Making a scratch built barn to hide the fiddle yard entrance on the layout was a lot of fun.
The track on the layout emerges or disappears — depending on the direction of travel of the trains — on the left side to where it will connect to a fiddle yard.
Obviously having the tiny trains disappear through a hole in the back scene is a bit rubbish and I wanted to hide it with something.
>This post is part of a series on the construction of a lifelike model railway for exhibitions. To read other posts in the series covering its development, track work, scenery and model building making, see building an exhibition model railway.
In the original plan this was going to be hidden by the mill but I subsequently changed things around with the mill moving to the rear of the layout as explained here. This works well but results in the hole in the back scene where the track leaves the layout partially visible, some trees covering it but not enough.
After a bit of contemplation I decided another building was needed and went for a derelict scratch barn that pokes out from under the trees.
I couldn’t find a ready built model that really fitted the look I wanted so instead built it from scratch.
Building a model barn from scratch
First up was to draw up a few plans for old barns. I had a rough idea of the kind of thing I wanted and a quick Google image search for ‘old barn woods’ revealed some real barns that I used for further reference.
Unlike the plasti-card models, the outer skin of this model will be made from isn’t in one piece so something is needed to give it overall form and provide a base onto which the surface layers can be fixed to. For this I used thin cardboard, cut and glued together as per my initial sketches.
This base also allowed my to test positioning on the layout and see how it might look before getting too far.
Making aged weathered wood
The wooden planking was made from tree branches from local linden or lime trees (basswood in America).
Linden wood is stronger than balsa wood and also has a grain that looks right at this scale, 1/76th or OO.
After a bit of searching I found a a row linden tree growing near by and recovered a few fallen branches and twigs. The bark and moss was sliced off and the sticks left to dry out for a few days — removing the bark speeds up the drying process — before they were cut into appropriately sized planks using my trusty razor saw. (This has a blade thin enough to cut the sticks into 1mm thick planks).
These planks where then glued to the cardboard frame and with doors made in the same way.
I came across a disused barn while on holiday recently (see below) which had the dilapidated look I wanted and used this as a reference for the wood texture.
To achieve this look, the linden planks were scored with a wire brush and a heavily watered down black wash applied.
This soaked into the wood and bought out the scratches and wood grain. A few planks — notably those of the doors — were given further washes and dry brushed with browns to give the impression of different ages of wood being used. The bottom of the planks were scoured with a knife to give a rotted away look around the base , as per the reference photo above, and giving the result below.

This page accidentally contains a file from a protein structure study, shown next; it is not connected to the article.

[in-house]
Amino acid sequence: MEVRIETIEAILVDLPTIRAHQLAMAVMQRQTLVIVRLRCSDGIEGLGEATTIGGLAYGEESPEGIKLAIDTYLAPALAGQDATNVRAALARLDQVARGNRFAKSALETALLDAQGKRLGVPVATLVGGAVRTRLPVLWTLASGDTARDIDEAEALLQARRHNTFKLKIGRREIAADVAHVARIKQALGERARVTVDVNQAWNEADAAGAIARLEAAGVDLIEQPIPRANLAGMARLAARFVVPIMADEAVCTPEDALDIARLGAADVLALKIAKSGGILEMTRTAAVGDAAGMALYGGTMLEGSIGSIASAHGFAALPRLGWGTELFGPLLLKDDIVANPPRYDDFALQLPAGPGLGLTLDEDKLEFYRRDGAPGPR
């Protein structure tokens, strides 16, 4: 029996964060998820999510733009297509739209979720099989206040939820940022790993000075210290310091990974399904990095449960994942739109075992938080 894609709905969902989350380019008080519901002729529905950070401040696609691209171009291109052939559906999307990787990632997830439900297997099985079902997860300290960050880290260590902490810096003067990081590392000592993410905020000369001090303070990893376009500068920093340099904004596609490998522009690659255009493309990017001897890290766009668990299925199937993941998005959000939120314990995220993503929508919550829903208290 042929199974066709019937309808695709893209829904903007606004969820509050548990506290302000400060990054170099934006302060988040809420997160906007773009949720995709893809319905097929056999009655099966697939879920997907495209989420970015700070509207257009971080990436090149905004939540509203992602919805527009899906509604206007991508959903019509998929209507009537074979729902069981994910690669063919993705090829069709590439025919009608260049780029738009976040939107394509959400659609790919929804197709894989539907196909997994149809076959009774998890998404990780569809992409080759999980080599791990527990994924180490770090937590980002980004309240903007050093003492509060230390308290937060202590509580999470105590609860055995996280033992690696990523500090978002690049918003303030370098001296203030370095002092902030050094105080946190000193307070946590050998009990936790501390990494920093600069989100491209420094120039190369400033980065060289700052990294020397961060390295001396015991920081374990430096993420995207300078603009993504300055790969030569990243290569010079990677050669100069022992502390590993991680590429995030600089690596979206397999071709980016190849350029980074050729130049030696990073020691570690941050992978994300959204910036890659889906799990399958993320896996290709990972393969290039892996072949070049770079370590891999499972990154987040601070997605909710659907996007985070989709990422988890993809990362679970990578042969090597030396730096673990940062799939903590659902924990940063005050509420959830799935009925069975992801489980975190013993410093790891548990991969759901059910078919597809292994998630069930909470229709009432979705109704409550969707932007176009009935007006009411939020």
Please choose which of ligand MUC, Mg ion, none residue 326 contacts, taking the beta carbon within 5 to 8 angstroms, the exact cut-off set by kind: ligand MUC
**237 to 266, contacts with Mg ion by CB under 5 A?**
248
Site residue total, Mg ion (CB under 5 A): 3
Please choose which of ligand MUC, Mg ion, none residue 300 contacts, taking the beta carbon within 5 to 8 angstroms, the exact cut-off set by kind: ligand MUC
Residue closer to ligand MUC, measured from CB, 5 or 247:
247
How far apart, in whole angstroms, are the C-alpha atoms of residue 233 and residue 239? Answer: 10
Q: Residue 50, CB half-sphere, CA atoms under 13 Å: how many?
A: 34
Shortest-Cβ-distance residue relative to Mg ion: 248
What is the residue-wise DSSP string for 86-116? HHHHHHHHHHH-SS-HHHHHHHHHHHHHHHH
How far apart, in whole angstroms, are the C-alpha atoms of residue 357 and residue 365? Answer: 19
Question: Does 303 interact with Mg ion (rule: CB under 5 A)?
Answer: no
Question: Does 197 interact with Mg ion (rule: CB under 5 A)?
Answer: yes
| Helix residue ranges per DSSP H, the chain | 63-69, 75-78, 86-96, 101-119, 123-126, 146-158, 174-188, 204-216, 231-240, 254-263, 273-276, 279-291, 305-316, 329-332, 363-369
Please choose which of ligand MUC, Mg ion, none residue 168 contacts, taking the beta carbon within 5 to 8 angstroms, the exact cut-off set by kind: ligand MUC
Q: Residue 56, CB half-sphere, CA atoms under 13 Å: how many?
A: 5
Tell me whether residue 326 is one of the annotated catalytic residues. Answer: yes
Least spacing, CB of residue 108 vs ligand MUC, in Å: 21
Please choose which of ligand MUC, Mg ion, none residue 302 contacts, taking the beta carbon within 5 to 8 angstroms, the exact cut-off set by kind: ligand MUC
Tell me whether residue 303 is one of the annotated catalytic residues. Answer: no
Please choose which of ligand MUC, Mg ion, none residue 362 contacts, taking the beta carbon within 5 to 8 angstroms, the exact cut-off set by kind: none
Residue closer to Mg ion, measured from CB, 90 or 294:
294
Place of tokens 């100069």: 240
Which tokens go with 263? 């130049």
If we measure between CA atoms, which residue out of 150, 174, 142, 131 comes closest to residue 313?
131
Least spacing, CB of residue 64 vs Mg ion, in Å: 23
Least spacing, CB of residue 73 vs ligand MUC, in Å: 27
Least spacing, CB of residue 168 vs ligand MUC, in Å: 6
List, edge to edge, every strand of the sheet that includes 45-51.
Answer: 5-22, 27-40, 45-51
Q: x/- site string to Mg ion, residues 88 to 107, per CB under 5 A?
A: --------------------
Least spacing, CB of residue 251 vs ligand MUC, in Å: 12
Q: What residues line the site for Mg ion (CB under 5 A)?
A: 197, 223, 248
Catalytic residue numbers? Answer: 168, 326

Making model corrugated roofing
For the corrugated iron roof, I used some thick tin foil, off of a coffee tin, and then scored it every few milli-meters to create the undulations.
It took some experimentation to find an implement that gave a rounder undulation without cutting or tearing the fine foil. In the end I used a wooden cocktail stick with the end filled down to blunt it.
The tin foil was placed on a sheet of balsa wood that absorbed the pressure and gave created more pronounced undulation. Masking tape held it in place with the scoring made from the tape side outwards to stop the foil curling upwards as I worked across it.
The flashing at the joints apex of the roof and where the two roof sections meet was made from strips of tin foil and painted the same way.
The foil was fixed to the card frame and wooden planks with this gel glue. The gel makes it easier to place and it sticks the foil to the wood easily. In a warm environment it also sets quickly although it be sure to follow the safety instructions.
For a faster technique to make and paint model corrugated roofing, read my article on how to easily make model corrugated roofing
Adding door handles, hinges and nail hole details
For final detailing, handles were added to the doors — made from circuit board breakout connectors — stiff wire bent at 90° with a further bit of wood placed between them to create the cross bar. Hinges were made from tin foil cut to shape and glued on. Finally, twin holes were made at the top and bottom each plank to simulate nail holes and a fine tip black pen was then pushed into each hole to darken the recess.
As a last touch, holes were cut in the roof and some of the tin foil bent over for vegetation to poke through.
The whole barn was then pushed into the tree line so the rear isn’t visible and it appears to have been built, abandoned and overtaken by the trees conveniently right in front of the baseboard exit portal 😃
> A final, personal, note: I spend a huge amount of time testing, photographing, writing and researching techniques for these articles and pay for all the running costs of MRE out of my own pocket. If you found this article useful you can support me by making a donation on my fund-raising page. Thanks and happy modelling, Andy.
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